US Secretary of State Antony Blinken on Wednesday warned Mali’s military rulers not to accept Russia’s Wagner mercenaries, saying a deal would divert needed funds and further destabilize the African country.
Two days after the European Union joined the United States in imposing sanctions on the Wagner Group, Blinken voiced disappointment that Mali has rejected an offer of additional UN peacekeepers and is instead looking to the private paramilitary unit.
“Wagner forces — which are known for their destabilizing activities and human rights abuses — will not bring peace to Mali, but rather will destabilize the country further,” Blinken said in a statement.
“We urge the transitional government in Mali not to divert scarce budgetary resources away from the Malian Armed Forces’ fight against terrorism,” he said.
“The wealth of the country — including mining concessions — should benefit the Malian people, and not be mortgaged to unaccountable foreign forces with a record of abusing local populations and undermining host nations’ control over their own territory.”
Blinken issued a similar warning about Wagner’s involvement in Mali during a visit last month to Senegal.
His latest statement offered new details, including that the United States understands that the deal under discussion with the Wagner Group would cost $10 million a month to Mali.
The troubled West African nation has looked to the Wagner Group as former colonial power France winds down an eight-year military involvement that aimed to defeat jihadist insurgents.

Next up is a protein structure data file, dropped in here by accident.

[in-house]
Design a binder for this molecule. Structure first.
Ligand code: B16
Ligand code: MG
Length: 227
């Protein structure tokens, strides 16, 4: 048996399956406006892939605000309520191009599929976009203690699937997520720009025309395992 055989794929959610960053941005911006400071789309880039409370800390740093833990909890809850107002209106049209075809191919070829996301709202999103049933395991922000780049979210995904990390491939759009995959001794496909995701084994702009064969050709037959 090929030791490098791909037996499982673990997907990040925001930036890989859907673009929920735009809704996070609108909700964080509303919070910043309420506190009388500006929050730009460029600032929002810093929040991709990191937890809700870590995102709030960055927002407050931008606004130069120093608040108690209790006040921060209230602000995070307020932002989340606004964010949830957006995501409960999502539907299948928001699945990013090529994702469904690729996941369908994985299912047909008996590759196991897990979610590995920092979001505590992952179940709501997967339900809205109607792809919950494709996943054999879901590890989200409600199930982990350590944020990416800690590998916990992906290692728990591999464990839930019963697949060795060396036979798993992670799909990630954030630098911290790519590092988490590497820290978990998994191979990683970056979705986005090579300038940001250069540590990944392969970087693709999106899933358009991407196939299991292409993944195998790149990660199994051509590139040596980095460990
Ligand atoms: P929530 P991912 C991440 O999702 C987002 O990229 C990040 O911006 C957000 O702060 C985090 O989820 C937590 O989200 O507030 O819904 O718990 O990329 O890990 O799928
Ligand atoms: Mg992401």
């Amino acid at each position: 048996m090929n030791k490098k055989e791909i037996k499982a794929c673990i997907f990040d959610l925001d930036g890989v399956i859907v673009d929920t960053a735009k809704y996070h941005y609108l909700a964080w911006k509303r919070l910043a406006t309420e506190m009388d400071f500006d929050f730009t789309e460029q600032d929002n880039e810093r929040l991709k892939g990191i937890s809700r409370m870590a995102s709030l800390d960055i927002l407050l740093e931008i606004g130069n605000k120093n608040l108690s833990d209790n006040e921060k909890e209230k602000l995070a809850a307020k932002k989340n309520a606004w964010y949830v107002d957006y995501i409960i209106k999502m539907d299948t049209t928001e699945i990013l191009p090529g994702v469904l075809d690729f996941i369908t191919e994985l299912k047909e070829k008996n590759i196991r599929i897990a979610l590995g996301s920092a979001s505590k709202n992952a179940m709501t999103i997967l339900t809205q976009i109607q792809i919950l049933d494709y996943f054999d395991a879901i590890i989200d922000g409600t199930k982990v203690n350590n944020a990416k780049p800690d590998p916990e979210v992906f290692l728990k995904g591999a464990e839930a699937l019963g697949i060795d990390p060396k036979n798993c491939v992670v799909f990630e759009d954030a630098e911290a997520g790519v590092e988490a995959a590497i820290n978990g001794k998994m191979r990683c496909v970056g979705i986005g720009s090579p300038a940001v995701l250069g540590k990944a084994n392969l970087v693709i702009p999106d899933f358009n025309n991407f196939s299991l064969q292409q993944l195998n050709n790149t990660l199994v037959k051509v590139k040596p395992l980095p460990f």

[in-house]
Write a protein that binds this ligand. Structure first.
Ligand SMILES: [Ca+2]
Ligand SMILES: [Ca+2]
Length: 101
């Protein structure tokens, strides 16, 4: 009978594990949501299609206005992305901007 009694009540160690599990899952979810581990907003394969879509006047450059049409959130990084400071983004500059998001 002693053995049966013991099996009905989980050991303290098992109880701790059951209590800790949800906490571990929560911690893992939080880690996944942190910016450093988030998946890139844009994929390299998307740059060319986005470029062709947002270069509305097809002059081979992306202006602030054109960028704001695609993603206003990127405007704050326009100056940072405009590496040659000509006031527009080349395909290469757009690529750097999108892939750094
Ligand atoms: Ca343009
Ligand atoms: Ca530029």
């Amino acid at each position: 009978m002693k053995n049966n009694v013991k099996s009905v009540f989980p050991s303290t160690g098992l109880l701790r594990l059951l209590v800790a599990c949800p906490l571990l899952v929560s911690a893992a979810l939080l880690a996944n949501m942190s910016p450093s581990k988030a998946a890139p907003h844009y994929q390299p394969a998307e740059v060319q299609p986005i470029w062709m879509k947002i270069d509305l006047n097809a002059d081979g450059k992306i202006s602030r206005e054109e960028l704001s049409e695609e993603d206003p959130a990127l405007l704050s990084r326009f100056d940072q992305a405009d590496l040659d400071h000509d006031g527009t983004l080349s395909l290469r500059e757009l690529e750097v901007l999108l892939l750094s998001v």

French President Emmanuel Macron is also likely to raise concerns about a Wagner deployment when he visits Mali next week and meets for the first time with Colonel Assimi Goita, who took office in June after the country’s second coup in less than a year.
The Wagner Group has caused controversy through its involvement in Syria, Libya, and especially the Central African Republic.
UN experts in an October report accused the private force of violent harassment, intimidation and sexual abuse as it deployed to assist the Central African Republic’s army.
Russia denies any government link with the Wagner Group but the unit is associated with Yevgeny Prigozhin, a businessman close to President Vladimir Putin who has been hit by separate sanctions over meddling in the 2016 US election.
Russia denounced the EU sanctions as “Western hysteria” and accused former colonial powers of “jealousy” as African and Middle Eastern nations turn to new partners.